Is Caterpillar Still A Good Income Stock?

| About: Caterpillar Inc. (CAT)
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Sales continue to decline.

Cash flows remain strong.

Dividend looks sustainable.

Yield is better than what investors get from treasuries.

Caterpillar is not a risk-free investment.

Caterpillar (NYSE:CAT) has seen its shares rise continuously over the last month, despite huge headwinds from the company's key markets. Recent results were not good, but better than expected. For income investors, Caterpillar looks less compelling than it used to.

Caterpillar's sales continue to sink, revenues dropped 16.1% to $10.3 billion in the second quarter. This was expected, and sadly, it has been like this for quite some time:

Over the last four years, Caterpillar's revenues have dropped by 37%, whilst net income dropped by more than 80% over the same time: The trailing numbers stand at $41.8 billion for revenues, $1.1 billion for earnings, earnings per share for the last year totaled $1.89.

The number one reason is that Caterpillar's retail sales keep shrinking at a rather steep pace, consecutively, what is one of the longest declines Caterpillar has seen:

June marked the 43rd month in a row where retail sales dropped on a year-on-year basis, with huge declines seen across all markets: Especially, resource industries' machinery sales have been hit hard, reporting declines of 41% in Latin America, 31% in North America, 28% in Asia and a total yoy decline of 30% in June. Construction machinery sales have been better, but not good enough to lift combined retail sales anywhere close to a flat number yoy, with the decline rate still in the double digits area.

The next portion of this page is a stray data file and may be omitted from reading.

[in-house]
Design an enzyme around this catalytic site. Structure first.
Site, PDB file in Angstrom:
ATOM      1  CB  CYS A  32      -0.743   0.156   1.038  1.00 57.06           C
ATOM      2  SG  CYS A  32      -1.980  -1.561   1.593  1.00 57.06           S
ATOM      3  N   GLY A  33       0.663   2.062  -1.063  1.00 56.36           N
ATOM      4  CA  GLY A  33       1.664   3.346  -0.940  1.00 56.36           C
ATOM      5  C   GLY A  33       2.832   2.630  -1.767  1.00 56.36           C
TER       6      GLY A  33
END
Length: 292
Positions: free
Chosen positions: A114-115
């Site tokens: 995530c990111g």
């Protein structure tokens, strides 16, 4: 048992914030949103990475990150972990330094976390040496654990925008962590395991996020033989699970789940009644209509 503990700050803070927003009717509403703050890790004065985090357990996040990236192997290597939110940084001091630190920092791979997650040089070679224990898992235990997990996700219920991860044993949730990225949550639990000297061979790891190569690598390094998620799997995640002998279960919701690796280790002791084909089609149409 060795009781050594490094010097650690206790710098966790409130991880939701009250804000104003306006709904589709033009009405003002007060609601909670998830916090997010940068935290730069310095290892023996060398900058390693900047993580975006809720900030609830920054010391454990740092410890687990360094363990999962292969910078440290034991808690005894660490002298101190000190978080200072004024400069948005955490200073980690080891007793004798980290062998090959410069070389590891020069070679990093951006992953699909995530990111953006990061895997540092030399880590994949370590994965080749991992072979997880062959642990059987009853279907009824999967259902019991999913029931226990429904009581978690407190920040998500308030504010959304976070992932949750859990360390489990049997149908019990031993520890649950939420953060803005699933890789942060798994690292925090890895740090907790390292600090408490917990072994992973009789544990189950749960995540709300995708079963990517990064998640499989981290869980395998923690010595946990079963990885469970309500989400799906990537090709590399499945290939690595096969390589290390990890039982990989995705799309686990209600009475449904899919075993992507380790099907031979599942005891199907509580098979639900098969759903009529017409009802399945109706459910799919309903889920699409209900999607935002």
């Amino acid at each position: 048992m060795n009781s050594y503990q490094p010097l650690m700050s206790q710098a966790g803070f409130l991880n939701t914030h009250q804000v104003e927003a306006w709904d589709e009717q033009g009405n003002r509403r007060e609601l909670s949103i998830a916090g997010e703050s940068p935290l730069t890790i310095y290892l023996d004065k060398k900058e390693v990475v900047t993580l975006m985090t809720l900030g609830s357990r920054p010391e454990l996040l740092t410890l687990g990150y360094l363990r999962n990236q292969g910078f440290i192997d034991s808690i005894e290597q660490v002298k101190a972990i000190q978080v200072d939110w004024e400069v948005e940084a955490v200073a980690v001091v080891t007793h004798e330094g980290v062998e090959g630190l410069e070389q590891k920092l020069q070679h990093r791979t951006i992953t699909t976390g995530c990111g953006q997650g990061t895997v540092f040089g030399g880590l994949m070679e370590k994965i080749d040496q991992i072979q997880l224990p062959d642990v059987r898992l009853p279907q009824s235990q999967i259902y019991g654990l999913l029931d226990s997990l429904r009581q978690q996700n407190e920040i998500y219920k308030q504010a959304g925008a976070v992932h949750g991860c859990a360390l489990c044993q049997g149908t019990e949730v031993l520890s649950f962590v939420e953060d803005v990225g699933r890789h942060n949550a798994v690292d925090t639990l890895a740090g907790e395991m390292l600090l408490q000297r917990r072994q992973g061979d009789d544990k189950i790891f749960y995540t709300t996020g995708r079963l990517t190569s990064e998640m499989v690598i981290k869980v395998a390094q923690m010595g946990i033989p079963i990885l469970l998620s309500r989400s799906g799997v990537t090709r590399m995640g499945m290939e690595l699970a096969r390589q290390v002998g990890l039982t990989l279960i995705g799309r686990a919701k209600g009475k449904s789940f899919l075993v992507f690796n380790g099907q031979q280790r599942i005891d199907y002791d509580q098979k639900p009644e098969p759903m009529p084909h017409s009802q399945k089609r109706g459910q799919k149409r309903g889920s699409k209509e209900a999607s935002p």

Lower sales and declining margins (due to lower sales leverage) leads to declining earnings as well, and Caterpillar has huge additional expenses, which the company classifies as restructuring costs. Those are excluded in their non-GAAP numbers (i.e., the second quarter's GAAP EPS was $0.93, whereas non-GAAP EPS was $1.09), but since Caterpillar has been restructuring for years, I'm not sure whether it really makes sense to exclude those (real and recurring) expenses.

Caterpillar now expects revenues to total $40.25 billion for the current year, which means Q3 and Q4 results will show revenue declines as well (since the ttm number is higher than the guidance given by Caterpillar's management), and in combination with increasing restructuring costs (now estimated at $700 million for the current year), Caterpillar expects full year EPS of just $2.75.

The expected EPS of $2.75 is lower than the dividend amount Caterpillar will pay out in the current year ($3.08 with a quarterly dividend of $0.77 per share), but likely, the dividend is well covered by the company's cash flows:

Caterpillar's trailing operating cash flow number still stands at $6.1 billion, and with capital expenditures coming in at $3.4 billion over the last year, this leaves $2.7 billion in free cash flows. Using Caterpillar's current share count of 585 million, this gets us to free cash flows of $4.61 per share. We can thus say that Caterpillar pays out more to its owners than it earns, but the dividend is still covered by cash flows (FCF payout ratio of 67%) and thus looks sustainable for the time being.

Caterpillar's free cash flow has declined over the last years as well (i.e. one year ago, the trailing FCF number stood at $3.5 billion), and if sales continue to decline, cash flows will decline further as well, but cash flows would have to drop by more than thirty percent for the cash flow payout ratio to rise to unsustainable levels. Even in this case, Caterpillar would be able to continue to finance the dividend for a while, and the company would likely do so if management believed that things would get better in a relatively short time.